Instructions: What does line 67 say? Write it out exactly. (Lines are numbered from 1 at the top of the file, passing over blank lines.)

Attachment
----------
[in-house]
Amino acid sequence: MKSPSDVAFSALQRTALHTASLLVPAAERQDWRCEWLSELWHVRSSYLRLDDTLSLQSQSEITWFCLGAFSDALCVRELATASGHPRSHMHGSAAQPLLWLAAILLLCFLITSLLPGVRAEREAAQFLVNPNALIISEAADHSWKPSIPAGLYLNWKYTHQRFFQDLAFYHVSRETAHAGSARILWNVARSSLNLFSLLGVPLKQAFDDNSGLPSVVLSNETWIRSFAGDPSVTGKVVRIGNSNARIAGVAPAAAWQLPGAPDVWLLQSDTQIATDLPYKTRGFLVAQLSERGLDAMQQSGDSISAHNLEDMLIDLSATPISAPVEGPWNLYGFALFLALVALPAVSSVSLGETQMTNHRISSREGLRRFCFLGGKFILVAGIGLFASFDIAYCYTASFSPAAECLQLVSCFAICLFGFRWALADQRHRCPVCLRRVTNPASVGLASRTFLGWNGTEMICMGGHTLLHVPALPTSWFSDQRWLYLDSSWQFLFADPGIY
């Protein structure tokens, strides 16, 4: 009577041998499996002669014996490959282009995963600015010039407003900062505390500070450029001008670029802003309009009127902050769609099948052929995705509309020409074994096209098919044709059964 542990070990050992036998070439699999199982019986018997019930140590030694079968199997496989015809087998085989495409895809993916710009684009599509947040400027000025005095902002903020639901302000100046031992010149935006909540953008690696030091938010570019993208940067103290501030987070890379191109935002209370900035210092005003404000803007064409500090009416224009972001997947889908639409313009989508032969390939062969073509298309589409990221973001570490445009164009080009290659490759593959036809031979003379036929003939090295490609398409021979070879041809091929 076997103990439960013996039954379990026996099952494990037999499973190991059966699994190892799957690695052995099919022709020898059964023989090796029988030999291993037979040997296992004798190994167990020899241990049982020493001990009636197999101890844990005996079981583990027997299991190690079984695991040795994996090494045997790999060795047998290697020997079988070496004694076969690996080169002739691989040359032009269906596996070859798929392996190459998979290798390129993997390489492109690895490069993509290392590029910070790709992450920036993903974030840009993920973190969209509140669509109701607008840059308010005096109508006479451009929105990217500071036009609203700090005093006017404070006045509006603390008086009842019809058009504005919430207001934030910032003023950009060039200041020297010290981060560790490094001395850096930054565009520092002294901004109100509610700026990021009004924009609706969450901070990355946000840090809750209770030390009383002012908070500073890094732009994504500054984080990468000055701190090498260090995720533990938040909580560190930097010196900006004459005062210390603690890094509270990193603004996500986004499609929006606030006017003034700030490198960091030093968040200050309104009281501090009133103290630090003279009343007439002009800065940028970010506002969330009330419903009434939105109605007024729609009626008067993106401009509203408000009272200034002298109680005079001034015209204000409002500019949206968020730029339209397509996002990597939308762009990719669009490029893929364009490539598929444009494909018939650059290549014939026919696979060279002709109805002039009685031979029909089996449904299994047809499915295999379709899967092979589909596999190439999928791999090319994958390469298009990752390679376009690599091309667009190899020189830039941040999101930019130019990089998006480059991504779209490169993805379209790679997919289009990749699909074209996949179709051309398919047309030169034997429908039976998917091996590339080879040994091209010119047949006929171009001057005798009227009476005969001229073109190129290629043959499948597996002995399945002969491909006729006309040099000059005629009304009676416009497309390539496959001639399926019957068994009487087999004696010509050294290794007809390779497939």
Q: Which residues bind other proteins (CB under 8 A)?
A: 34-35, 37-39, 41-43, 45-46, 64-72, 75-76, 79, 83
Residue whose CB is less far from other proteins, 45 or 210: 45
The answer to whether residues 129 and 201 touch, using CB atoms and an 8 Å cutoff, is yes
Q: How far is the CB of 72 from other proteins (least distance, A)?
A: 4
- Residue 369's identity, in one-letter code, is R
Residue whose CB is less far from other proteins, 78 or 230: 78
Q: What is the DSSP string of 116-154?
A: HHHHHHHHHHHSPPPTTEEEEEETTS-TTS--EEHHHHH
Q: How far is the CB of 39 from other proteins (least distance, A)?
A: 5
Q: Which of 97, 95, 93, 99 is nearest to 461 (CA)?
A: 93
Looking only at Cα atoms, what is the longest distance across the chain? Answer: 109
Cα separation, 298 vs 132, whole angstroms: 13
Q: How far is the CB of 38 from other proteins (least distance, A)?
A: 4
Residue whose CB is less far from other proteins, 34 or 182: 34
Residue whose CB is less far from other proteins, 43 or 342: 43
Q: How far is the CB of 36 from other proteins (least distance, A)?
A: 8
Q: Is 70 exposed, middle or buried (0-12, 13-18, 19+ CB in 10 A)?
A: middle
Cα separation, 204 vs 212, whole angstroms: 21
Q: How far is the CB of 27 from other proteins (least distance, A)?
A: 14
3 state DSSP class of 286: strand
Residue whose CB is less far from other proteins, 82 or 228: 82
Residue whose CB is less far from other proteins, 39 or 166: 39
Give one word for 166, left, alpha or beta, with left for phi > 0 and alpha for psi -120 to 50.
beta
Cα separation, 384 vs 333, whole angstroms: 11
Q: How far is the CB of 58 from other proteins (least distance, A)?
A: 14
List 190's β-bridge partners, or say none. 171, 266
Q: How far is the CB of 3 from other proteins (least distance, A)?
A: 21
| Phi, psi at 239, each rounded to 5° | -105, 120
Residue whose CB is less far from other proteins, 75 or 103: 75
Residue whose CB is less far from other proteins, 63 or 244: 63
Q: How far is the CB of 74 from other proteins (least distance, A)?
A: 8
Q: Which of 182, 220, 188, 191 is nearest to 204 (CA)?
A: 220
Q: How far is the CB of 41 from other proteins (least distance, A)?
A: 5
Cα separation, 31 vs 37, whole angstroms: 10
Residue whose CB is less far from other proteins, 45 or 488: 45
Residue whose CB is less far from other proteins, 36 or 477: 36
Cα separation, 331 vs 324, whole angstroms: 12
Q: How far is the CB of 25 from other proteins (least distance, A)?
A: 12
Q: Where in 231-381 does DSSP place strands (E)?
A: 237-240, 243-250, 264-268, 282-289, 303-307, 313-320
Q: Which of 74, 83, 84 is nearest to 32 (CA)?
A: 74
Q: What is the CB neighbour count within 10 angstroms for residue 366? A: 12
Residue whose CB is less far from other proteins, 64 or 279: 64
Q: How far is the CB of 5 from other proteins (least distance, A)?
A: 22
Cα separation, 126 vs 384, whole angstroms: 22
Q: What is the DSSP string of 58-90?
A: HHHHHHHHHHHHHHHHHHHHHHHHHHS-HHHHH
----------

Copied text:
A: HHHHHHHHHHHHHHHHHHHHHHHHHHS-HHHHH